Wondering what a person was really all about after 700 odd pages of a biography could easily be dissatisfying. Why spend so much time on a book when at its end the reader is not a great deal closer to understanding the subject? The answer probably rests with Watson himself because Watson, more than Keating, is the book’s central character. As Watson leads us through his four years with Keating, his feelings and views are most clearly explained. Keating’s struggles are intrinsic to the story, but Watson tells of his own parallel battles just as vividly.

One of these battles gives the book its name. Watson describes the ‘bleeding hearts’ as the disunified group (including Watson himself) in Keating’s office loosely opposed to the office’s free market economics trained advisers. Don Russell was the leader of the latter group and Keating’s Chief of Staff for many years. Watson describes Russell as ‘… insouciant, insensitive, calculating … soft and open to persuasion … an optimist’, and concludes by saying that, ‘even at the worst of times I liked him’. This is typical Watson, whose sense of balance and acceptance of complexity makes him seem entirely unsuited to the partisan world of politics.

Although Watson had worked as a speechwriter for former Labor premier of Victoria, John Cain, he gives the impression that he was a perpetual outsider in Keating’s office. Early in the book Watson describes an encounter with Keating and Russell where he floats the idea of resigning if things did not change. After Keating describes Watson as ‘an organisational prima donna’, Watson backs off, but goes on to say in the book that ‘nothing that I had seen ran so incompetently or perversely as the PMO [Prime Minister’s Office] … so it pretty well always remained’. Despite his artistic leanings, Watson appears discomfited at the intuitive way Keating ran his office.

Watson's affection for Keating is obvious, but so is his disappointment at Keating’s failings.

The figure of Don Russell looms large in the book, but like Watson’s treatment of Keating, the reader is left with more questions than answers. Given Watson’s view that Russell ‘was probably the only person alive with the capacity to think along the singular and formidably effective lines that Keating did’, it makes the book more of an exploration than an exposition of the political process. Maybe Watson’s point is that although rational considerations are important, emotional and ethical considerations are just as significant—if not more so. Russell’s intellect was accompanied by ‘utter loyalty’ to Keating, which in politics is worth more than anything else.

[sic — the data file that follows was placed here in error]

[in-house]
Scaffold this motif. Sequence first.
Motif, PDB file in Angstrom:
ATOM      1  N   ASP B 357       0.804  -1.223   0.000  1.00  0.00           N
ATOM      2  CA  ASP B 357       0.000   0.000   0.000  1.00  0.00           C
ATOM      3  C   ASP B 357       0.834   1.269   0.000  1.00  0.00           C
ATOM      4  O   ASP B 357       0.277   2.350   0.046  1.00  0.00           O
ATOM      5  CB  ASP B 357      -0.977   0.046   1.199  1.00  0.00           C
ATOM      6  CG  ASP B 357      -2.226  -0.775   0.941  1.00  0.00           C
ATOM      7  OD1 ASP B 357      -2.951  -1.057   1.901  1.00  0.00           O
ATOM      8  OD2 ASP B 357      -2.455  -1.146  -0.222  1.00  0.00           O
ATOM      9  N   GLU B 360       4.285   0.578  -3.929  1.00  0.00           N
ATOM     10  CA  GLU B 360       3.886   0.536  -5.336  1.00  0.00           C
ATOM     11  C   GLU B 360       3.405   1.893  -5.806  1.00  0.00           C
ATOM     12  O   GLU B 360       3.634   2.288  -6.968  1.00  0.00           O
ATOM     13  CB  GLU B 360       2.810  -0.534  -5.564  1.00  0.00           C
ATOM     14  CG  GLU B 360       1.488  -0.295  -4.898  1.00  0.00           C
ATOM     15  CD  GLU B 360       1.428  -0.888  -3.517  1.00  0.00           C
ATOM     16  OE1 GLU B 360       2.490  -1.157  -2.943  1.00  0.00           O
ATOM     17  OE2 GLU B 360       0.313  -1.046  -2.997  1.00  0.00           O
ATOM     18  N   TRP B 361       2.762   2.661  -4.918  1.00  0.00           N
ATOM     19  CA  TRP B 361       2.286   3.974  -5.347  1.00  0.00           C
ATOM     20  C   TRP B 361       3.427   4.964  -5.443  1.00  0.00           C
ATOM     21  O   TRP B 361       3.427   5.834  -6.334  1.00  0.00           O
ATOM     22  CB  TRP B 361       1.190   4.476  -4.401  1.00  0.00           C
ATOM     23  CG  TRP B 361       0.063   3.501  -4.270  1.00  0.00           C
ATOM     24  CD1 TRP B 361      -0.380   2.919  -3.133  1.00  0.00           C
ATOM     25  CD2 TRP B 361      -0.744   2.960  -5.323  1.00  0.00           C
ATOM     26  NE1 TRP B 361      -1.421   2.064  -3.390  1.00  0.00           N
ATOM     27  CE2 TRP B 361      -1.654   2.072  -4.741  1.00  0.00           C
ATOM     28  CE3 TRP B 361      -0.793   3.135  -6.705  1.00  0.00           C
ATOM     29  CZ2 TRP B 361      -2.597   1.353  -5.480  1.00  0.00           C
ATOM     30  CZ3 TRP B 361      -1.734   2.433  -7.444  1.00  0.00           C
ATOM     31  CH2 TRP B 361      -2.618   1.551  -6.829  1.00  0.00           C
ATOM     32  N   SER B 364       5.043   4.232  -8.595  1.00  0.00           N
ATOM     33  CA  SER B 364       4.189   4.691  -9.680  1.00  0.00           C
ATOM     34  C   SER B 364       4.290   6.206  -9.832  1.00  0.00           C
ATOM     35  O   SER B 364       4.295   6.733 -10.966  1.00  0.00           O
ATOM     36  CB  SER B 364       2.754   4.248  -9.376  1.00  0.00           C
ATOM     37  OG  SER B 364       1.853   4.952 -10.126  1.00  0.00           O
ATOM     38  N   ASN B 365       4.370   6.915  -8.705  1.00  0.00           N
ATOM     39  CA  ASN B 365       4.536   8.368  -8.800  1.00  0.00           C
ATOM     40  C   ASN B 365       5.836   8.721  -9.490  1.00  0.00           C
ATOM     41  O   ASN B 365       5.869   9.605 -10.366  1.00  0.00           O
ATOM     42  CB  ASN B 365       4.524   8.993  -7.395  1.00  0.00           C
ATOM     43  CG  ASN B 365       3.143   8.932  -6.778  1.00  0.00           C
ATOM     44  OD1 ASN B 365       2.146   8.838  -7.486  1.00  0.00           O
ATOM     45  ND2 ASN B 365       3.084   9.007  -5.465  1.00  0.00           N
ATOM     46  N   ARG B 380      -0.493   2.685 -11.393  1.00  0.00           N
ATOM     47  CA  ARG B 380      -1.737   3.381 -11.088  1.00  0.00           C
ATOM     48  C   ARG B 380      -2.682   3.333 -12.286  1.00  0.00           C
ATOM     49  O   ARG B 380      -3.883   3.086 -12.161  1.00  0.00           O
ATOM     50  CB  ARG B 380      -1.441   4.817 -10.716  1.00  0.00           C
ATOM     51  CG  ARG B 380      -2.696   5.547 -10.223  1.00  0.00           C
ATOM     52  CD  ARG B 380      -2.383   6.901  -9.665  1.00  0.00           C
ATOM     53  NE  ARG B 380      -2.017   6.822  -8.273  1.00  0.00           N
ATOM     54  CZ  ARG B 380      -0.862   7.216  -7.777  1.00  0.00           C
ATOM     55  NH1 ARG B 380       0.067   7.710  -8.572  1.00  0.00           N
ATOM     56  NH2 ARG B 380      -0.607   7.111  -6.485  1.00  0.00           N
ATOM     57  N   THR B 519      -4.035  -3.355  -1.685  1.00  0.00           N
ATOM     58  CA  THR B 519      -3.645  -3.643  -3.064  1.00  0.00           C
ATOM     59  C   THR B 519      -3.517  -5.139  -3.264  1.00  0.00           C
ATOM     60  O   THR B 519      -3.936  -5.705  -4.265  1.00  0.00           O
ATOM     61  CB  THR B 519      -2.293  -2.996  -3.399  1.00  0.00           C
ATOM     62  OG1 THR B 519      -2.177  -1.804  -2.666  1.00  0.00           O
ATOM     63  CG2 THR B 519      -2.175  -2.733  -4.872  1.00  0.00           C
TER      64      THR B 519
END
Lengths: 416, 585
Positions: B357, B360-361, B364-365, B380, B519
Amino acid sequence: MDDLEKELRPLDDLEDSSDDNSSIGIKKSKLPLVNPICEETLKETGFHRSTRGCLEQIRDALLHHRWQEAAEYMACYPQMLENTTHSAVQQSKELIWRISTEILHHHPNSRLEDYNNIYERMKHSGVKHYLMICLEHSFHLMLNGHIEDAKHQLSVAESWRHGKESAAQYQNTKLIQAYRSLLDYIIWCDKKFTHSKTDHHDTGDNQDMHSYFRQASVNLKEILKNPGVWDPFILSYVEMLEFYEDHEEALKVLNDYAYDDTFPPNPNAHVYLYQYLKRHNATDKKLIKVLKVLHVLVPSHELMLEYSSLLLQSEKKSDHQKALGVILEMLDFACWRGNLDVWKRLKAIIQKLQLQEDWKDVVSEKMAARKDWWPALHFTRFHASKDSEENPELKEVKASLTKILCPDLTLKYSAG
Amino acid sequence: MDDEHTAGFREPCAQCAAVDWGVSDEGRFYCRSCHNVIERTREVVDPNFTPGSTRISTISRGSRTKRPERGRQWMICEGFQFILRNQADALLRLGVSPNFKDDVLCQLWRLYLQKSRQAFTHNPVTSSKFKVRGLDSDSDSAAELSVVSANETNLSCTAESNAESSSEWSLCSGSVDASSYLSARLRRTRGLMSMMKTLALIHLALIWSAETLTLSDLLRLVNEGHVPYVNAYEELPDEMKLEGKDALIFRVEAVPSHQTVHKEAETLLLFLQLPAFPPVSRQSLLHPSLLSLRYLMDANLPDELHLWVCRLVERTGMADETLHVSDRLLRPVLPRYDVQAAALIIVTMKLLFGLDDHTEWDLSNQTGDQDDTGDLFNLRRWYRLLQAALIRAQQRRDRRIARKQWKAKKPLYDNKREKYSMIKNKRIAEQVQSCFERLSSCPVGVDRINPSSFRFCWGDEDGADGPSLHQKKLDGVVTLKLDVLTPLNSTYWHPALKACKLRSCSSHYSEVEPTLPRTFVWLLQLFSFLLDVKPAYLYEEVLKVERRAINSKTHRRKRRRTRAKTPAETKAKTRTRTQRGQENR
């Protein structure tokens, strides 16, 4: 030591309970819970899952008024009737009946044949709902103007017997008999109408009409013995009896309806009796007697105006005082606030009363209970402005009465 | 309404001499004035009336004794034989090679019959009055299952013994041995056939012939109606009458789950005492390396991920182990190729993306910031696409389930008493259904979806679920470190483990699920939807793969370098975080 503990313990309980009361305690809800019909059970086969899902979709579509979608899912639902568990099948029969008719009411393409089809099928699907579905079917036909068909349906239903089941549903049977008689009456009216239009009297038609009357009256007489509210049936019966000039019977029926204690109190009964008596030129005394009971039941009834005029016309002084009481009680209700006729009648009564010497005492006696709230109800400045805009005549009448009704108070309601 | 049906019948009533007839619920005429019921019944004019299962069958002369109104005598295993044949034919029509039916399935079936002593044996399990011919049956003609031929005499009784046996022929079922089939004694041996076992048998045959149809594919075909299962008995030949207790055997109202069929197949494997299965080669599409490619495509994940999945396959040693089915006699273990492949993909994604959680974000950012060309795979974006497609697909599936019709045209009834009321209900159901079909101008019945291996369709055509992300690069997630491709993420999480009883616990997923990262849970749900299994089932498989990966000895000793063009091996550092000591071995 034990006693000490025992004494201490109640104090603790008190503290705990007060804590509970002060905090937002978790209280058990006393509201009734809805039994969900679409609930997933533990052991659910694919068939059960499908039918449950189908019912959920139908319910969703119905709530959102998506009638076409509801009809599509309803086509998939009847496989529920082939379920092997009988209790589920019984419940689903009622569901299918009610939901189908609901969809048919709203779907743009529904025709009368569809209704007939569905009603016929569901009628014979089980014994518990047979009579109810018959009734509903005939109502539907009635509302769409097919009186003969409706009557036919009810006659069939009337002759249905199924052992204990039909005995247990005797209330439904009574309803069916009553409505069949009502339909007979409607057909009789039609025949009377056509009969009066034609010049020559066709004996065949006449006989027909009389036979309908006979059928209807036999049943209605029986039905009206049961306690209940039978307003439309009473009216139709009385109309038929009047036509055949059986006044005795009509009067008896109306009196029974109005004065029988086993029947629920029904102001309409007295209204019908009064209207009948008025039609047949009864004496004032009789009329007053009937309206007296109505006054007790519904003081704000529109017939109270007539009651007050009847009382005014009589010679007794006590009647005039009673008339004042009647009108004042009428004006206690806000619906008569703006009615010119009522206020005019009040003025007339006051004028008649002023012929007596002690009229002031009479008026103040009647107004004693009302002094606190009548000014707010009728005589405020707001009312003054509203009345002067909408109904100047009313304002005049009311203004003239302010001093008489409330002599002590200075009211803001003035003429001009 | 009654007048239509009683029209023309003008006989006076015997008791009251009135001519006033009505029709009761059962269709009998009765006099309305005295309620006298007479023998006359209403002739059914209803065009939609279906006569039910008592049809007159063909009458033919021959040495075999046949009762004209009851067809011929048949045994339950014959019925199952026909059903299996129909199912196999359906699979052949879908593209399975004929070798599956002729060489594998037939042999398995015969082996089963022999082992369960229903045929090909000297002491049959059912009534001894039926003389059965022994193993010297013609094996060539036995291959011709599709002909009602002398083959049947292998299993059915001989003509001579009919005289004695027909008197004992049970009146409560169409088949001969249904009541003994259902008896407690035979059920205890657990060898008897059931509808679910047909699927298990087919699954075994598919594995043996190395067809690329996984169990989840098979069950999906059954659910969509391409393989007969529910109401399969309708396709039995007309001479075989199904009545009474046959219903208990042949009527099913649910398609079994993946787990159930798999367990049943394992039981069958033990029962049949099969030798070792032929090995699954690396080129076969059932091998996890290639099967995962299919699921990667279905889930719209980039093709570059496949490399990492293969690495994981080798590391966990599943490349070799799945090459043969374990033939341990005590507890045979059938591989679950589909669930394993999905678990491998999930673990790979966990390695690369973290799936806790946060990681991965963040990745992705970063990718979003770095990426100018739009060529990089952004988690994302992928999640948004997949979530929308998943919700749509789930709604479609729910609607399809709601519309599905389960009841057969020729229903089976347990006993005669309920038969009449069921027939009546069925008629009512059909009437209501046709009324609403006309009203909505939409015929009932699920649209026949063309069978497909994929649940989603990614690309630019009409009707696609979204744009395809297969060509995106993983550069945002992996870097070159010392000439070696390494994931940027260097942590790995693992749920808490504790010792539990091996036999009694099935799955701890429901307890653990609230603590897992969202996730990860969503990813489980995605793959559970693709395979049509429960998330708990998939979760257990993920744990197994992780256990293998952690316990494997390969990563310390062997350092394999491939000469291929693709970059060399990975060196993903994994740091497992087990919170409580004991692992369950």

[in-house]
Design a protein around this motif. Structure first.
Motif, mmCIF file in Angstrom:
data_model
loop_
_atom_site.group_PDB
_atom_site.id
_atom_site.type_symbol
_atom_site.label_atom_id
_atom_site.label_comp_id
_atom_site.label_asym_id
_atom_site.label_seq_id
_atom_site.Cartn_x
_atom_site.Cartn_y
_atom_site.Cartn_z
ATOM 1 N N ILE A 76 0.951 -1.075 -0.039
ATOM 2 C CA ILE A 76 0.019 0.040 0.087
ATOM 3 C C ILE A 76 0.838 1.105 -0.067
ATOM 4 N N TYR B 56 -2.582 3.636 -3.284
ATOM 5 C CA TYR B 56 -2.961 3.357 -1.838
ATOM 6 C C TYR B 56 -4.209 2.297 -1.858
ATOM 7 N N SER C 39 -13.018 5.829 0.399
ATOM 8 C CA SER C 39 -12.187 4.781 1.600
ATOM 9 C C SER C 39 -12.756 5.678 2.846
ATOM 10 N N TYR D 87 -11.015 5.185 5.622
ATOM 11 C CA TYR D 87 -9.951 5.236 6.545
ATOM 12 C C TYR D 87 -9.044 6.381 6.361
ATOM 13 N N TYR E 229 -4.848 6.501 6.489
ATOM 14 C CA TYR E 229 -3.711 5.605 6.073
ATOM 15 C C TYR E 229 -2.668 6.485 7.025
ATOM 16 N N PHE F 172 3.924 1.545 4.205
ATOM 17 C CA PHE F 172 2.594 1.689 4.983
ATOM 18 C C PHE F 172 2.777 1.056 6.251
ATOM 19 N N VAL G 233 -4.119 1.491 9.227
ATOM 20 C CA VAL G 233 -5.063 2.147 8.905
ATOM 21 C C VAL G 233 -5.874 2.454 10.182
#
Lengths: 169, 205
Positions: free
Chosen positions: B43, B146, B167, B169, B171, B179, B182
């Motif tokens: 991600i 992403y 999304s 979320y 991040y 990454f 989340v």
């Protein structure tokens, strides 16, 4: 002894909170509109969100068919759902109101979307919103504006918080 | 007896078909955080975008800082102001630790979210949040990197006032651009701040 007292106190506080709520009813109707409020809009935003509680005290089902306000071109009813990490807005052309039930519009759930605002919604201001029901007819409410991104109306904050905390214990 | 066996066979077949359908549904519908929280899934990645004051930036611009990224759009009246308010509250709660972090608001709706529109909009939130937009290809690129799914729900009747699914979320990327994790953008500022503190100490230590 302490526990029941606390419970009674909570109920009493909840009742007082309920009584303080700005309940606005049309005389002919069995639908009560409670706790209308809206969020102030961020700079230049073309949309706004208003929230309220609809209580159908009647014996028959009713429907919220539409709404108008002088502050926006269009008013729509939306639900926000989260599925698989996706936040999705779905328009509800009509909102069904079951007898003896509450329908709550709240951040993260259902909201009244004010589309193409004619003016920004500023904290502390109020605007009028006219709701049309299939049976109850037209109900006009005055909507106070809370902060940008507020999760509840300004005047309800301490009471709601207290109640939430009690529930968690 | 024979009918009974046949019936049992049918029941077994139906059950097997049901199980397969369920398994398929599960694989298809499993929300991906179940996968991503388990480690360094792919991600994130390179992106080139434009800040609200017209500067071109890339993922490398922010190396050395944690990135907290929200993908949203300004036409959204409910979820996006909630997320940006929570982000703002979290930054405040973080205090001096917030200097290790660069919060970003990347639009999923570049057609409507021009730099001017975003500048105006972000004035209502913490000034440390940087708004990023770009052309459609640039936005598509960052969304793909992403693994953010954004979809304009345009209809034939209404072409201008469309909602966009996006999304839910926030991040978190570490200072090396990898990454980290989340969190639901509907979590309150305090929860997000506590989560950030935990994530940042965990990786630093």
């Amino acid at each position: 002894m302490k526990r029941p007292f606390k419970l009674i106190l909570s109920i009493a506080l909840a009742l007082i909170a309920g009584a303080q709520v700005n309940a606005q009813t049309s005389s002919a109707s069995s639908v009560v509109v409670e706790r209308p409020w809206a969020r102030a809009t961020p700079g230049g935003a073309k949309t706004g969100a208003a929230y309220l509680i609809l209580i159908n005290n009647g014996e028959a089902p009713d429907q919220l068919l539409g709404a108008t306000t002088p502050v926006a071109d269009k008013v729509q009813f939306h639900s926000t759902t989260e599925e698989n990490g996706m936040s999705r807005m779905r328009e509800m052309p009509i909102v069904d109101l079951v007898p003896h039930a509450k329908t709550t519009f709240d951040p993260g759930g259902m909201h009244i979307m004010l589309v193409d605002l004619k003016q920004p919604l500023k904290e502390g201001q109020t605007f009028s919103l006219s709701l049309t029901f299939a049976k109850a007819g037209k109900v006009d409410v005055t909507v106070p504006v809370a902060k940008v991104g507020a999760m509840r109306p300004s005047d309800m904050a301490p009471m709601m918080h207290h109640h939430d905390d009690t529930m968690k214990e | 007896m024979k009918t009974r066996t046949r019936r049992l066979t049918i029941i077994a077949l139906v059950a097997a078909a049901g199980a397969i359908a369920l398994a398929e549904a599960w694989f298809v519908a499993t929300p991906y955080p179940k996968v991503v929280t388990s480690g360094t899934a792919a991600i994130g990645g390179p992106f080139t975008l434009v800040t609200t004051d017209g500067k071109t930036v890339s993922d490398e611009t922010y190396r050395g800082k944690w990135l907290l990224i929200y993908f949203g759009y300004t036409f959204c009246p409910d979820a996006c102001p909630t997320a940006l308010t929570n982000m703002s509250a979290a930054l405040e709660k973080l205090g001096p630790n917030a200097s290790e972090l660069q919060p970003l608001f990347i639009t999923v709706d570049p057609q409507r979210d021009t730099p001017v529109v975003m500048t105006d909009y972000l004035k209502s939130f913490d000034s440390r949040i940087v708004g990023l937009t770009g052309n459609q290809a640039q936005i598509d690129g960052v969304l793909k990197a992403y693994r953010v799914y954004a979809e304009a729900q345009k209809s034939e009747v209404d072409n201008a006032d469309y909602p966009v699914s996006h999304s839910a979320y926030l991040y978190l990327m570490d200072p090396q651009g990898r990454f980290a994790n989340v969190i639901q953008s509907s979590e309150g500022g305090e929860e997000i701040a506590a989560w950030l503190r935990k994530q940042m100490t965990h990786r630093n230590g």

Watson’s ability to combine the personal aspects of politics with its rational structured policy side is the book’s principal achievement. His affection for Keating is obvious, but so too is his disappointment at Keating’s failings. Having read this book it would be fascinating to get an insider’s account of John Howard’s office. It is easy to assume that it would be more organised, but like Keating, Howard also seems to operate intuitively, albeit with different influences and personal motivations.

Watson conveys an overwhelming sense of Keating’s disillusionment and fatigue as the 1996 election drew closer. No previous leader could lay claim to transforming the Australian economy while driving a progressive social agenda. Australia’s indifference to this achievement weighed heavily on Keating, even before his defeat. After 27 years in politics and a list of achievements as long as his arm, nobody seemed to care and those that did often disliked him intensely for it.

Most political careers end in tears. People that once loved you end up hating you. Achievements never overcome the disappointments and failures, the betrayals and omissions. The truth is too harsh and the half-truths unconvincing. It is amazing that so many people still want to be politicians when contempt is the ultimate reward.

At least Keating got in there and did it. For most politicians such a career is only a dream. Peter Costello must be wondering whether he too will pick up the fag end of his party’s dream run, which in large part has been achieved by his own economic management. Costello’s recent comments about ‘vision’ and speaking out intensify the sense of déjà vu. He looks more like Keating as each day goes by. Hopefully, if Costello does get to be Prime Minister he will employ his own Boswell, who will do him as much justice as Watson has for Keating. If nothing else, at least a good book will come out of all that egotism and misery.

Jack Dempsey is a former political staffer and union official who now works as a public servant.